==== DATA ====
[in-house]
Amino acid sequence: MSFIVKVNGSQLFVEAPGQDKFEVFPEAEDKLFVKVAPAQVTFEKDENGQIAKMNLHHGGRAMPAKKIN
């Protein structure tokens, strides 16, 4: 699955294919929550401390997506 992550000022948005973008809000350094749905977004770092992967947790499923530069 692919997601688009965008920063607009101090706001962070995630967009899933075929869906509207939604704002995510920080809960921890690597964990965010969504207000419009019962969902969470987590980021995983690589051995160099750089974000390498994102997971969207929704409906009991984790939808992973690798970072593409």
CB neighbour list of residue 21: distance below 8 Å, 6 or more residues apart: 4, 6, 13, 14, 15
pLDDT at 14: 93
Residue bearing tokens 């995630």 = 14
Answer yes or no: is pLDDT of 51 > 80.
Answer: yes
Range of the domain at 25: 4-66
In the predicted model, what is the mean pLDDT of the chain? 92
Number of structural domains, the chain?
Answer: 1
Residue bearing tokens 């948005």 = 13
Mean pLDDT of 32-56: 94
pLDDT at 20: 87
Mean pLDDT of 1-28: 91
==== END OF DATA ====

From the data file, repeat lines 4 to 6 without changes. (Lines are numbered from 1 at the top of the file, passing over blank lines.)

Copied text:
CB neighbour list of residue 21: distance below 8 Å, 6 or more residues apart: 4, 6, 13, 14, 15
pLDDT at 14: 93
Residue bearing tokens 């995630």 = 14